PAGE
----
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Last Friday the Runnymede Trust co-hosted ‘Fists of Defiance’, an evening with Tommie Smith, the gold medal winner who iconically rose his fist with bronze medallist John Carlos. Today is the 50th anniversary of what Smith calls his ‘silent gesture’ in Mexico City at the 1968 Olympic Games.
The overwhelming feeling during and after the event was inspiration and awe, and gratitude for a man who sacrificed so much personally for a wider cause. But there’s so much more to reflect on: as much as what we haven’t understood and learned from his experience as what we have learned.
Perhaps the most important non-learning from Tommie Smith’s act is the shorthand that most people use to refer to his act: a ‘black power’ salute. It’s obvious that Tommie Smith (and John Carlos) were primarily focused on the racism and injustice affecting black people in the United States, and were connected to a wider civil rights struggle in America. But Smith strongly rejects that his raised fist was a ‘black power salute’ (as described even by Wikipedia), and instead was a ‘silent gesture’ for human rights everywhere.
Smith’s words should count for more than Wikipedia, but for any doubters, watching the 2008 documentary ‘Fists of Defiance’ and learning more about the history behind those events in Mexico 1968 confirms his account. Smith and Carlos were part of the ‘Olympic Project for Human Rights’, which again signals what their gesture (not a ‘protest’) was about. By not wearing shoes, they were indicating the poverty of black people in America, while the bowed heads represented prayer, and the olive tree in his hands the message of peace. And here’s what Tommie Smith has said about the fist:
‘The fist represented power… a need to move forward proactively. Not necessarily the black pride of an illegitimate type of fight with the background of militancy. Militancy had nothing to do with that victory stand’
That the majority population were afraid of the fist, that they viewed it as a ‘threat’ and ‘radical’ speaks more to prejudices about unreasonable, violent black people than about what the raised fist actually represented. That Tommie Smith still has to explain this in almost apologetic words reveals the depth and extent of these racist tropes about black people. That any form of resistance, even a silent and considered one, is interpreted as threatening, unreasonable and narrowly separatist, rather than as a universal claim about human rights and dignity.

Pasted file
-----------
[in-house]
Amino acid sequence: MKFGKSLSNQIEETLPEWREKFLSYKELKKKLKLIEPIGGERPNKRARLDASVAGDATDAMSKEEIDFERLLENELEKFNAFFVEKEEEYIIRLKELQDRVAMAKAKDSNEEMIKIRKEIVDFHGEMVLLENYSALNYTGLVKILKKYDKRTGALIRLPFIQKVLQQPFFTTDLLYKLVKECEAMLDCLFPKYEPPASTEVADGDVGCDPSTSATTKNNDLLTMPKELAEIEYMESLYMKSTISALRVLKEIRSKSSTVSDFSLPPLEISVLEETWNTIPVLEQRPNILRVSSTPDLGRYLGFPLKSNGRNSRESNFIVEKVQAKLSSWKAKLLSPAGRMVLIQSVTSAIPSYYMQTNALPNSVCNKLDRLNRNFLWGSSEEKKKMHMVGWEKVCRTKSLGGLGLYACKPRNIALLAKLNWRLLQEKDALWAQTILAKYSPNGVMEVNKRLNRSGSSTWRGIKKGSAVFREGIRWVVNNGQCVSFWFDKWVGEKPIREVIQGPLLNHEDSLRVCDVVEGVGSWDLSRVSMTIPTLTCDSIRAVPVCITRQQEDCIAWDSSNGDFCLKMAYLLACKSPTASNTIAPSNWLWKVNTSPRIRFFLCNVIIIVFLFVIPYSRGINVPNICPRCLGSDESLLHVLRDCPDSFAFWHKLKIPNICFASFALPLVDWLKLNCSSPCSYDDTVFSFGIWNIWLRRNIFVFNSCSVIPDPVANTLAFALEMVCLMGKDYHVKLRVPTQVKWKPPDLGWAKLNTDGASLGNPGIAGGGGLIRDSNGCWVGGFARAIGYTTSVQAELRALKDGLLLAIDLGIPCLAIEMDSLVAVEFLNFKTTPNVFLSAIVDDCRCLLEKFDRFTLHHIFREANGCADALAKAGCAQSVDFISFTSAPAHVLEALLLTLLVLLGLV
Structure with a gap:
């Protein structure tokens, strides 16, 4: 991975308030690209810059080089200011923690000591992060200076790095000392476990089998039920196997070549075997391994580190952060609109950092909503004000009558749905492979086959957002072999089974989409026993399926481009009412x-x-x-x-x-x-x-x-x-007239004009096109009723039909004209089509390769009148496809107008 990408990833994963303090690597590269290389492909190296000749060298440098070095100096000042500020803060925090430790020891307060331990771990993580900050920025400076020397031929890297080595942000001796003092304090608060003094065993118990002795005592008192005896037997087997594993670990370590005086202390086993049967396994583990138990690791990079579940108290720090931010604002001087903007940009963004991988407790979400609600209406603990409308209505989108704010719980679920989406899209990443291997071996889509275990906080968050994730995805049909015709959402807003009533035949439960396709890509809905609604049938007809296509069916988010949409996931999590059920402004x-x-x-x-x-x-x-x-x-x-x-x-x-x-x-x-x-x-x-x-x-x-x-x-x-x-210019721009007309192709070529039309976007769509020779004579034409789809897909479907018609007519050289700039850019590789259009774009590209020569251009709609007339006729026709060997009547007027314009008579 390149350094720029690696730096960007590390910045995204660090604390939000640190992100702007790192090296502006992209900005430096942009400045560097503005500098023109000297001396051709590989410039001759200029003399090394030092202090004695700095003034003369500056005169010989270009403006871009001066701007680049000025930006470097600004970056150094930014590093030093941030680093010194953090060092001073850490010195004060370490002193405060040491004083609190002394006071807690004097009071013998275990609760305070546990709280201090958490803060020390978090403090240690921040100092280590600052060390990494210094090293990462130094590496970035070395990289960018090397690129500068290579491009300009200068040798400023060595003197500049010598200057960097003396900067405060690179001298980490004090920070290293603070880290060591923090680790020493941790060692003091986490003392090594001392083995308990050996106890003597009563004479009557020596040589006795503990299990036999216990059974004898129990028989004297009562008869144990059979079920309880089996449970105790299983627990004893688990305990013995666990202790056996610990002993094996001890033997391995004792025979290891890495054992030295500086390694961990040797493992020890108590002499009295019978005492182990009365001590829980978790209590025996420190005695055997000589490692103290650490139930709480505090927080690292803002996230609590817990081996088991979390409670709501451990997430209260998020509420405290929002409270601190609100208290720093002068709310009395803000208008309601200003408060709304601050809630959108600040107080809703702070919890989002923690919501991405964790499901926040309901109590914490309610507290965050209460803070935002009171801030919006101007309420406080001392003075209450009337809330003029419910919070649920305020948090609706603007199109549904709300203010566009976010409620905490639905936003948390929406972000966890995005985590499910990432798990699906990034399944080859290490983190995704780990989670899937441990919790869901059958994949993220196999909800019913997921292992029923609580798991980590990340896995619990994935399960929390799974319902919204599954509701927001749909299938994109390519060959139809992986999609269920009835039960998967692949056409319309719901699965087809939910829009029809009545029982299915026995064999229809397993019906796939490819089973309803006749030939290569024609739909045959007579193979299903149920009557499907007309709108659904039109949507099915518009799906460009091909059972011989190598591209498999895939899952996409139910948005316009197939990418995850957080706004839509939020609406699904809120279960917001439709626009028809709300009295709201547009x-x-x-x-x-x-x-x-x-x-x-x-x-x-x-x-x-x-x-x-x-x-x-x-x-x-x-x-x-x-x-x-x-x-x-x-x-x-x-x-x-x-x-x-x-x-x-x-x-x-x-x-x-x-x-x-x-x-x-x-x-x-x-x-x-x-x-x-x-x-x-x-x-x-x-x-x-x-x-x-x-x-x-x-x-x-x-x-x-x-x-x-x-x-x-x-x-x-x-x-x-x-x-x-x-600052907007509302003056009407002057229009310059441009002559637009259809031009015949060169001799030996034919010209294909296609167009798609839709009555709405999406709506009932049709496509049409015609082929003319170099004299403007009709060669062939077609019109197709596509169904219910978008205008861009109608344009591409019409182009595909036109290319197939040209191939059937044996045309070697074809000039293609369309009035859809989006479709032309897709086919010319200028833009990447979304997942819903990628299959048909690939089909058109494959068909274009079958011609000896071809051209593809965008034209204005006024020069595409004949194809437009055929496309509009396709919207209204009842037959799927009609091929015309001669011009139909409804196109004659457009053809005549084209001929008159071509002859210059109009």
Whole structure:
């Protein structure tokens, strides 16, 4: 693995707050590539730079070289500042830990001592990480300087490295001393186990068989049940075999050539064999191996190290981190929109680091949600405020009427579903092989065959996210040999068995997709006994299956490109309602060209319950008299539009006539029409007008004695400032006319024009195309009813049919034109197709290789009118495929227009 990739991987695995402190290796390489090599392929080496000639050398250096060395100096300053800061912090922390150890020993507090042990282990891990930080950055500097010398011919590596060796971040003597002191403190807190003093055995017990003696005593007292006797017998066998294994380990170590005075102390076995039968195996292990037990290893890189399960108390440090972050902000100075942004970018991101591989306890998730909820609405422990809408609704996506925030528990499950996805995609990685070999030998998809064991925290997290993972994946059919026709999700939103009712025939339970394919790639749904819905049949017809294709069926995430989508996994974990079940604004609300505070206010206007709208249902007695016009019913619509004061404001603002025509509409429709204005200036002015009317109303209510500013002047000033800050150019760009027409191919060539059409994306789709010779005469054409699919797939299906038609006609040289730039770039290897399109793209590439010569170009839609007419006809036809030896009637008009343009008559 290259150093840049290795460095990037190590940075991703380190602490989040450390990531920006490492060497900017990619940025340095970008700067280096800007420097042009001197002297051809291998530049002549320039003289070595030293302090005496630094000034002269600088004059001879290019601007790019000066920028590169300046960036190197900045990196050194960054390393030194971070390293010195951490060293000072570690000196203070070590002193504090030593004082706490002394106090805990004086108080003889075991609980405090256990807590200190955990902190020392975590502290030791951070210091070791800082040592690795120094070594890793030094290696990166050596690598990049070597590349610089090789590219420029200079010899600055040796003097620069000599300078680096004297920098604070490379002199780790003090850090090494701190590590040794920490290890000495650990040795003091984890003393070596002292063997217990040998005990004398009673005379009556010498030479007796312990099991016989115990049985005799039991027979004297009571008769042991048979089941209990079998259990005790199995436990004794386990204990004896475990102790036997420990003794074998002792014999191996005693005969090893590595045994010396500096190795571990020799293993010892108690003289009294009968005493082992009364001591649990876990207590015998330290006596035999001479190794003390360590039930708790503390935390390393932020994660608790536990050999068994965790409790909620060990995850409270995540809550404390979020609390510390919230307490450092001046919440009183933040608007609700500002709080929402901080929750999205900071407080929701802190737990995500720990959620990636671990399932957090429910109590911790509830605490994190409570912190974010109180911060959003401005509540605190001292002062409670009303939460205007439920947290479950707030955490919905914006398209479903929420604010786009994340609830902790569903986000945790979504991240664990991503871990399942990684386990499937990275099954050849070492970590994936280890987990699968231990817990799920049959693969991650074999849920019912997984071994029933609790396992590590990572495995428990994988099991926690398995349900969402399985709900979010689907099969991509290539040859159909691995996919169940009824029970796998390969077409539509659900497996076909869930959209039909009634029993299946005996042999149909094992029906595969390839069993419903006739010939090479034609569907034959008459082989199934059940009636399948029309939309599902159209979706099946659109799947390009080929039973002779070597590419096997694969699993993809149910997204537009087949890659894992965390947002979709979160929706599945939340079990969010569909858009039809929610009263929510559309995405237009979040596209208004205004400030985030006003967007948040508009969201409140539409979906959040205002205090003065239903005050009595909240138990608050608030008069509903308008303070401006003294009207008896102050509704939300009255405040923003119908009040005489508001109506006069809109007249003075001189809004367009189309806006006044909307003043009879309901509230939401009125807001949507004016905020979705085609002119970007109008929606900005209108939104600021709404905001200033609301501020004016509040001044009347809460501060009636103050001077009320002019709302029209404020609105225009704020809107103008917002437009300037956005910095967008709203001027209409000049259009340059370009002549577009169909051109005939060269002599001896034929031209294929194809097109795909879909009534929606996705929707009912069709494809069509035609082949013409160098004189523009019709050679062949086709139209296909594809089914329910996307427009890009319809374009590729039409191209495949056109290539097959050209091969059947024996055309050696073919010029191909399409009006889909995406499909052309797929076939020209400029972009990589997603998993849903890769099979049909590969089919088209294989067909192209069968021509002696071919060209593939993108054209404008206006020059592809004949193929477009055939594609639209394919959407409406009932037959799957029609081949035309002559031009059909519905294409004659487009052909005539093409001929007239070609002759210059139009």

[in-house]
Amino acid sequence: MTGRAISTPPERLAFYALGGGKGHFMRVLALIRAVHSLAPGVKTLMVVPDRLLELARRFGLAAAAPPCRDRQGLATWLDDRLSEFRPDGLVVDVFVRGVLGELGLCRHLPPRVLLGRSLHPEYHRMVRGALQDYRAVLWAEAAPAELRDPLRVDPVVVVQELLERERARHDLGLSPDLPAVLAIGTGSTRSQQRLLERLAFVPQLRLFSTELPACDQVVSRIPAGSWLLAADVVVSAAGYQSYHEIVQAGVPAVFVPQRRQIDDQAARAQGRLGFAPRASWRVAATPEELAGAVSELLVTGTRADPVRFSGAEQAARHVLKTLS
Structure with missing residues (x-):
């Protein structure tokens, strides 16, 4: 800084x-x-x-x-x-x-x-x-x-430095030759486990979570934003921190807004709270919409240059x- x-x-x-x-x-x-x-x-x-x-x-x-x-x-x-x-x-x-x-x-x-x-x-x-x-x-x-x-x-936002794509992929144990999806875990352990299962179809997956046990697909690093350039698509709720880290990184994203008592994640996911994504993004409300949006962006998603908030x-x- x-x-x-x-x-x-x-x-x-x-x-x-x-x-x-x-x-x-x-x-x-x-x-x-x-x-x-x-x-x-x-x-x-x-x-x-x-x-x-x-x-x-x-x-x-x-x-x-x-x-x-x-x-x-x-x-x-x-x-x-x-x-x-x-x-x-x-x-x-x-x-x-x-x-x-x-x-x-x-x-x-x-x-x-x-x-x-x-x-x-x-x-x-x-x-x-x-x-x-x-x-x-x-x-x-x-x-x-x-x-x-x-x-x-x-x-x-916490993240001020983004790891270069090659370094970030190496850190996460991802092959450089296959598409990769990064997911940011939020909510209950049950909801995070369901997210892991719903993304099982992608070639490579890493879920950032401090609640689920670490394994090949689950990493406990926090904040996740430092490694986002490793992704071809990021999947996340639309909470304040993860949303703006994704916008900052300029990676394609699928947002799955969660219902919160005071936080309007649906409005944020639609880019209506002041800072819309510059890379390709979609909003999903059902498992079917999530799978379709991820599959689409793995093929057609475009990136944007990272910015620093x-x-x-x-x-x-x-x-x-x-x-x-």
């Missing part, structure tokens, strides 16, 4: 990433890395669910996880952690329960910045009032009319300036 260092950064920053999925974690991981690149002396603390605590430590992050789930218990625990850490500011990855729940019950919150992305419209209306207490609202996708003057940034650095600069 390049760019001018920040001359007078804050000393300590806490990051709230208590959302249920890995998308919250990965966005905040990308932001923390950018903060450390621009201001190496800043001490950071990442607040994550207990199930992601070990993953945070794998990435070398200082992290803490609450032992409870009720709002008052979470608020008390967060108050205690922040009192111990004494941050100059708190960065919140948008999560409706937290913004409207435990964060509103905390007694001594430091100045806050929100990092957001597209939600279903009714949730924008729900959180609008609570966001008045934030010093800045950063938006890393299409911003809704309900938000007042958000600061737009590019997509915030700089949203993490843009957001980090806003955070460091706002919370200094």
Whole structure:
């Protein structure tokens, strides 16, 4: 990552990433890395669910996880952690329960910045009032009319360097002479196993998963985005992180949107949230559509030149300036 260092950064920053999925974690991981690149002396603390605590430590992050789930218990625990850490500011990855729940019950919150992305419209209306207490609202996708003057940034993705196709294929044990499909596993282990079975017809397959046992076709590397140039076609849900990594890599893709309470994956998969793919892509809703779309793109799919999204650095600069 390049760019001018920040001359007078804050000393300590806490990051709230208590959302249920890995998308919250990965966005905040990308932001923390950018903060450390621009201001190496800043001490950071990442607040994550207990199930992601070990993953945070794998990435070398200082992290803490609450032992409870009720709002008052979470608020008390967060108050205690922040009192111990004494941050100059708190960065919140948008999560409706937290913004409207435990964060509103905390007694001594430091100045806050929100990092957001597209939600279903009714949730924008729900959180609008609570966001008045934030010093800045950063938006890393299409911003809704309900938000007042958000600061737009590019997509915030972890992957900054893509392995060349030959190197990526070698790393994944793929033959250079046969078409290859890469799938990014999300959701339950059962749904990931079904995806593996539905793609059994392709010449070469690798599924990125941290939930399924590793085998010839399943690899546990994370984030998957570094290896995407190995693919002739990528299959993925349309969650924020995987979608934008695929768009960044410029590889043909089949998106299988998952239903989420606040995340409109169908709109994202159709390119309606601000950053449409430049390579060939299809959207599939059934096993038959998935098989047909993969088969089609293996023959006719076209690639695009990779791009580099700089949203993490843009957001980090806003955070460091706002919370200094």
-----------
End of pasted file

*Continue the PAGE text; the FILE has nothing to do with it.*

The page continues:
This failure to read what African American and race equality advocates actually demand unfortunately persists, despite most racial justice organisations and movements (including Rhodes Must Fall) making claims for economic and structural change. These of course including tacklng institutional racism, especially in the criminal justice system, but also anti-poverty strategy and (in the case of Black Lives Matter) basic income, policies that would benefit the wider population. The misreading of racial justice claims as mere ‘special interests’ is sadly also driving an increasingly false analogy with white majoritarian rights as somehow morally or empirically similar. The Americans seeking 'white rights' in 1968 were obviously not interested in human rights, and their descendants are making the same morally bankrupt arguments in 2018.
Tommie Smith’s gesture captured what Martin Luther King Jr. called the three social evils – racism (the fist), war (the olive tree) and poverty (the socks). And consider the demands of the Olympic Human Rights Committee that Smith and Carlos and all the African American athletes in 1968: